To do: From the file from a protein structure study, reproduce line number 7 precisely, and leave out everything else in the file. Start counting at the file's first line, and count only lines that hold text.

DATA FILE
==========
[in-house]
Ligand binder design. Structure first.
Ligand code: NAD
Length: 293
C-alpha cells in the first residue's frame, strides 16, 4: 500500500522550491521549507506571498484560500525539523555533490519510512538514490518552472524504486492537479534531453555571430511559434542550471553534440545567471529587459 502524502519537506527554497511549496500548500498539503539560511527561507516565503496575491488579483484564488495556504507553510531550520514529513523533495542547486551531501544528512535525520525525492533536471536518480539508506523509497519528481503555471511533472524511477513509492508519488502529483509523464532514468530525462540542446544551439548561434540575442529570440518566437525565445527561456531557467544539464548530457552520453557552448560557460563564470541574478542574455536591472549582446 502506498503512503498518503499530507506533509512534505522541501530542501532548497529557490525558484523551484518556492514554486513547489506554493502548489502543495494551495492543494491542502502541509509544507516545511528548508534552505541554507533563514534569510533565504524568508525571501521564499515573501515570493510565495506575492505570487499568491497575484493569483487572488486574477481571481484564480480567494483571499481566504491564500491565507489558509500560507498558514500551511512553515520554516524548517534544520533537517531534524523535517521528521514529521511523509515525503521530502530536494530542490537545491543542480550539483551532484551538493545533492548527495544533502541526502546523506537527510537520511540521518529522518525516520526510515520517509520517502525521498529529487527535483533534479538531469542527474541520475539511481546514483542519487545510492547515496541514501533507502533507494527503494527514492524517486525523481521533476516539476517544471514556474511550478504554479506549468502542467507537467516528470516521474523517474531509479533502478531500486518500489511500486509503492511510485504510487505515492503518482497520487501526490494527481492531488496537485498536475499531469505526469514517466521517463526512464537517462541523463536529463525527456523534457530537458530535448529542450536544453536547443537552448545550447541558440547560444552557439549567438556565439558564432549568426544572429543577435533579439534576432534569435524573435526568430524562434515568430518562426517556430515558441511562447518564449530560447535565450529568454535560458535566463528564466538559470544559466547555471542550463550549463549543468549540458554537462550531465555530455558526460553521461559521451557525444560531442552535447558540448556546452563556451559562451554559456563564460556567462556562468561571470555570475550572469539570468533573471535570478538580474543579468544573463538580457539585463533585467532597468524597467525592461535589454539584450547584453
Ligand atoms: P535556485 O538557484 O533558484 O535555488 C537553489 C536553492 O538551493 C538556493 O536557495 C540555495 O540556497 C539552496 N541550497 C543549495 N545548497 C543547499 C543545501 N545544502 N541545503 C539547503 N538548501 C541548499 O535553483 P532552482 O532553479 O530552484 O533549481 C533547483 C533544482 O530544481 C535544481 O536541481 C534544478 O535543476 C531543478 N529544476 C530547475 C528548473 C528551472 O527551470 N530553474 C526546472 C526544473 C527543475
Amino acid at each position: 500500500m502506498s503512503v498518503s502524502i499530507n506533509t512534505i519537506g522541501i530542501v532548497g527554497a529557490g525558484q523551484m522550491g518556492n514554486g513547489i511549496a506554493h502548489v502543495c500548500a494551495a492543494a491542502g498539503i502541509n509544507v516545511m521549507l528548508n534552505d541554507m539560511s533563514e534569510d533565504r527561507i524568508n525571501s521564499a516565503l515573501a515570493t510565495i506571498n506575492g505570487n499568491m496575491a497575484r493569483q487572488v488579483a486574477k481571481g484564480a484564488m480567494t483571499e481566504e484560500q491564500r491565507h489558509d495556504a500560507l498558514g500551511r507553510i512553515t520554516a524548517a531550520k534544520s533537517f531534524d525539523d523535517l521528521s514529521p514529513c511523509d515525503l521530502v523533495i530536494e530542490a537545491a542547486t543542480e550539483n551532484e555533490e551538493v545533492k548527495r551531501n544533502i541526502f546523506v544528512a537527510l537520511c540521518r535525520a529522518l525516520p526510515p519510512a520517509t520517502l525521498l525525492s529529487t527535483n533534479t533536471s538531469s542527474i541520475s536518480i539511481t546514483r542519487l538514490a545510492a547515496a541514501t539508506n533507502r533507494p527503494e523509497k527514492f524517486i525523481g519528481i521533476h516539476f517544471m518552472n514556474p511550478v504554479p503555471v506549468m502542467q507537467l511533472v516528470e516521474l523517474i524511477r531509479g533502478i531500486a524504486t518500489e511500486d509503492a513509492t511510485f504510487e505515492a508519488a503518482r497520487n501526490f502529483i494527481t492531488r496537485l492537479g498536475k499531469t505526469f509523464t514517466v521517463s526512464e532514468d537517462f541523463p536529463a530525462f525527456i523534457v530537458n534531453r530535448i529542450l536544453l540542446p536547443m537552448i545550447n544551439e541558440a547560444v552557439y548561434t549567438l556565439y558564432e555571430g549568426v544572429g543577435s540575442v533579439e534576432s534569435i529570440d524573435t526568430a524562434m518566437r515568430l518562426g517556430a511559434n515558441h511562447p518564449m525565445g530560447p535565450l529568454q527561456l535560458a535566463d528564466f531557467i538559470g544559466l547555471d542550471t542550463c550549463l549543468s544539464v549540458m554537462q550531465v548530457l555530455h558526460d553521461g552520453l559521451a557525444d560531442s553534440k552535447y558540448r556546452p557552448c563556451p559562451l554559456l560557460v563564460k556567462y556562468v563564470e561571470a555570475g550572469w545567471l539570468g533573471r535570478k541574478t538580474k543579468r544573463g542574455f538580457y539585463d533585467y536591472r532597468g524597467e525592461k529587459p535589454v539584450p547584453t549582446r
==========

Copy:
Amino acid at each position: 500500500m502506498s503512503v498518503s502524502i499530507n506533509t512534505i519537506g522541501i530542501v532548497g527554497a529557490g525558484q523551484m522550491g518556492n514554486g513547489i511549496a506554493h502548489v502543495c500548500a494551495a492543494a491542502g498539503i502541509n509544507v516545511m521549507l528548508n534552505d541554507m539560511s533563514e534569510d533565504r527561507i524568508n525571501s521564499a516565503l515573501a515570493t510565495i506571498n506575492g505570487n499568491m496575491a497575484r493569483q487572488v488579483a486574477k481571481g484564480a484564488m480567494t483571499e481566504e484560500q491564500r491565507h489558509d495556504a500560507l498558514g500551511r507553510i512553515t520554516a524548517a531550520k534544520s533537517f531534524d525539523d523535517l521528521s514529521p514529513c511523509d515525503l521530502v523533495i530536494e530542490a537545491a542547486t543542480e550539483n551532484e555533490e551538493v545533492k548527495r551531501n544533502i541526502f546523506v544528512a537527510l537520511c540521518r535525520a529522518l525516520p526510515p519510512a520517509t520517502l525521498l525525492s529529487t527535483n533534479t533536471s538531469s542527474i541520475s536518480i539511481t546514483r542519487l538514490a545510492a547515496a541514501t539508506n533507502r533507494p527503494e523509497k527514492f524517486i525523481g519528481i521533476h516539476f517544471m518552472n514556474p511550478v504554479p503555471v506549468m502542467q507537467l511533472v516528470e516521474l523517474i524511477r531509479g533502478i531500486a524504486t518500489e511500486d509503492a513509492t511510485f504510487e505515492a508519488a503518482r497520487n501526490f502529483i494527481t492531488r496537485l492537479g498536475k499531469t505526469f509523464t514517466v521517463s526512464e532514468d537517462f541523463p536529463a530525462f525527456i523534457v530537458n534531453r530535448i529542450l536544453l540542446p536547443m537552448i545550447n544551439e541558440a547560444v552557439y548561434t549567438l556565439y558564432e555571430g549568426v544572429g543577435s540575442v533579439e534576432s534569435i529570440d524573435t526568430a524562434m518566437r515568430l518562426g517556430a511559434n515558441h511562447p518564449m525565445g530560447p535565450l529568454q527561456l535560458a535566463d528564466f531557467i538559470g544559466l547555471d542550471t542550463c550549463l549543468s544539464v549540458m554537462q550531465v548530457l555530455h558526460d553521461g552520453l559521451a557525444d560531442s553534440k552535447y558540448r556546452p557552448c563556451p559562451l554559456l560557460v563564460k556567462y556562468v563564470e561571470a555570475g550572469w545567471l539570468g533573471r535570478k541574478t538580474k543579468r544573463g542574455f538580457y539585463d533585467y536591472r532597468g524597467e525592461k529587459p535589454v539584450p547584453t549582446r